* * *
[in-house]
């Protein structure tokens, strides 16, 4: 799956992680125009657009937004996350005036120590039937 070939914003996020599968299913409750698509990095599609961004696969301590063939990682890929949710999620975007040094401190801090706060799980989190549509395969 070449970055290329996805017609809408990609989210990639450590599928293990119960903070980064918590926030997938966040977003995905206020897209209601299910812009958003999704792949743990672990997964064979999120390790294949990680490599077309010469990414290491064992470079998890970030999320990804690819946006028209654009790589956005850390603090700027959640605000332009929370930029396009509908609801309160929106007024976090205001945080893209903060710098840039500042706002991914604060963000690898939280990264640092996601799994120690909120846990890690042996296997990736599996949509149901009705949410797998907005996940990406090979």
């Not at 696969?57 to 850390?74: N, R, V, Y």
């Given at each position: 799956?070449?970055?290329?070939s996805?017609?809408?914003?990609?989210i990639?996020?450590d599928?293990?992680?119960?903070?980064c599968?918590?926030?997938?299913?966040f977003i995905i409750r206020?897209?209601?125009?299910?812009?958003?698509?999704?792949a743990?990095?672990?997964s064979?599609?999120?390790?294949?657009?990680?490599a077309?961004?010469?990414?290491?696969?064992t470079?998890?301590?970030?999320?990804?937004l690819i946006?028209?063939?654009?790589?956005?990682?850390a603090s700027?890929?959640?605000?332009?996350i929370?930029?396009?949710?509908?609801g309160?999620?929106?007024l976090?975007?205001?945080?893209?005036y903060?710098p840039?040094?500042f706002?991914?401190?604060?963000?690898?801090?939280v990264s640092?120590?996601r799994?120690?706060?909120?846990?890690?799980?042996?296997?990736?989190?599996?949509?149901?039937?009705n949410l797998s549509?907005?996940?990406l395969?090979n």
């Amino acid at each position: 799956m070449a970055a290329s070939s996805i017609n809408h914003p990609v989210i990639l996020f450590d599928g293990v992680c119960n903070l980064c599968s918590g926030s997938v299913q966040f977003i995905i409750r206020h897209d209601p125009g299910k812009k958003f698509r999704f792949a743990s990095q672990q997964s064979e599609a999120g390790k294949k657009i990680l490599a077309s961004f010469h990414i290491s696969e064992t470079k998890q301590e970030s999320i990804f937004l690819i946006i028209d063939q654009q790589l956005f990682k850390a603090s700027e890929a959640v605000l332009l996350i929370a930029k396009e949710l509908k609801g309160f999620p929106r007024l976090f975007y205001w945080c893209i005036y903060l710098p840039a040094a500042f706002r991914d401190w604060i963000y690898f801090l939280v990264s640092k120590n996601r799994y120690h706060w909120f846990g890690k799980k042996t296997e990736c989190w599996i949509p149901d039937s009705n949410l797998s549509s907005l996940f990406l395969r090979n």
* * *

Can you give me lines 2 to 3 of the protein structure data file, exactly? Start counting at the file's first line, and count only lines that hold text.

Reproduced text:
């Protein structure tokens, strides 16, 4: 799956992680125009657009937004996350005036120590039937 070939914003996020599968299913409750698509990095599609961004696969301590063939990682890929949710999620975007040094401190801090706060799980989190549509395969 070449970055290329996805017609809408990609989210990639450590599928293990119960903070980064918590926030997938966040977003995905206020897209209601299910812009958003999704792949743990672990997964064979999120390790294949990680490599077309010469990414290491064992470079998890970030999320990804690819946006028209654009790589956005850390603090700027959640605000332009929370930029396009509908609801309160929106007024976090205001945080893209903060710098840039500042706002991914604060963000690898939280990264640092996601799994120690909120846990890690042996296997990736599996949509149901009705949410797998907005996940990406090979």
């Not at 696969?57 to 850390?74: N, R, V, Y």